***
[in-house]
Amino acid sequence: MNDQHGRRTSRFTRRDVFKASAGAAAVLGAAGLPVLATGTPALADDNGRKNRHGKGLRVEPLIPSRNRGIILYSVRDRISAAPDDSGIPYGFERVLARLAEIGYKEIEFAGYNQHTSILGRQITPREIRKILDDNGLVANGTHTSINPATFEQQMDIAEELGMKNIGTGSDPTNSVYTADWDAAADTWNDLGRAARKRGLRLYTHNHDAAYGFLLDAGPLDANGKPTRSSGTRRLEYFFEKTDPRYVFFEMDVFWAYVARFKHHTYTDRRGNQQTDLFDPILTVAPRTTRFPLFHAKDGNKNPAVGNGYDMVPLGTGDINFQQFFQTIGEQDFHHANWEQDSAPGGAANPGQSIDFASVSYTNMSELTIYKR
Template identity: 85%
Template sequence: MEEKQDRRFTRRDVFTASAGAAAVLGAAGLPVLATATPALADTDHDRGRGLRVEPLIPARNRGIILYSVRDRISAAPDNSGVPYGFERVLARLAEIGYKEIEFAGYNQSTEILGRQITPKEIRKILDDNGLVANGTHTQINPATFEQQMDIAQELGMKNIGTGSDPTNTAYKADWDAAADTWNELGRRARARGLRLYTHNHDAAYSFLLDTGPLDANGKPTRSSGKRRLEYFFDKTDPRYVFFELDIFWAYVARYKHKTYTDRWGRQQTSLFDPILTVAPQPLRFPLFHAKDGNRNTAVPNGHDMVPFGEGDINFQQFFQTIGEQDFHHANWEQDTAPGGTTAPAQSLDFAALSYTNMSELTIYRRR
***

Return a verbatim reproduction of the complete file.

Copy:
[in-house]
Amino acid sequence: MNDQHGRRTSRFTRRDVFKASAGAAAVLGAAGLPVLATGTPALADDNGRKNRHGKGLRVEPLIPSRNRGIILYSVRDRISAAPDDSGIPYGFERVLARLAEIGYKEIEFAGYNQHTSILGRQITPREIRKILDDNGLVANGTHTSINPATFEQQMDIAEELGMKNIGTGSDPTNSVYTADWDAAADTWNDLGRAARKRGLRLYTHNHDAAYGFLLDAGPLDANGKPTRSSGTRRLEYFFEKTDPRYVFFEMDVFWAYVARFKHHTYTDRRGNQQTDLFDPILTVAPRTTRFPLFHAKDGNKNPAVGNGYDMVPLGTGDINFQQFFQTIGEQDFHHANWEQDSAPGGAANPGQSIDFASVSYTNMSELTIYKR
Template identity: 85%
Template sequence: MEEKQDRRFTRRDVFTASAGAAAVLGAAGLPVLATATPALADTDHDRGRGLRVEPLIPARNRGIILYSVRDRISAAPDNSGVPYGFERVLARLAEIGYKEIEFAGYNQSTEILGRQITPKEIRKILDDNGLVANGTHTQINPATFEQQMDIAQELGMKNIGTGSDPTNTAYKADWDAAADTWNELGRRARARGLRLYTHNHDAAYSFLLDTGPLDANGKPTRSSGKRRLEYFFDKTDPRYVFFELDIFWAYVARYKHKTYTDRWGRQQTSLFDPILTVAPQPLRFPLFHAKDGNRNTAVPNGHDMVPFGEGDINFQQFFQTIGEQDFHHANWEQDTAPGGTTAPAQSLDFAALSYTNMSELTIYRRR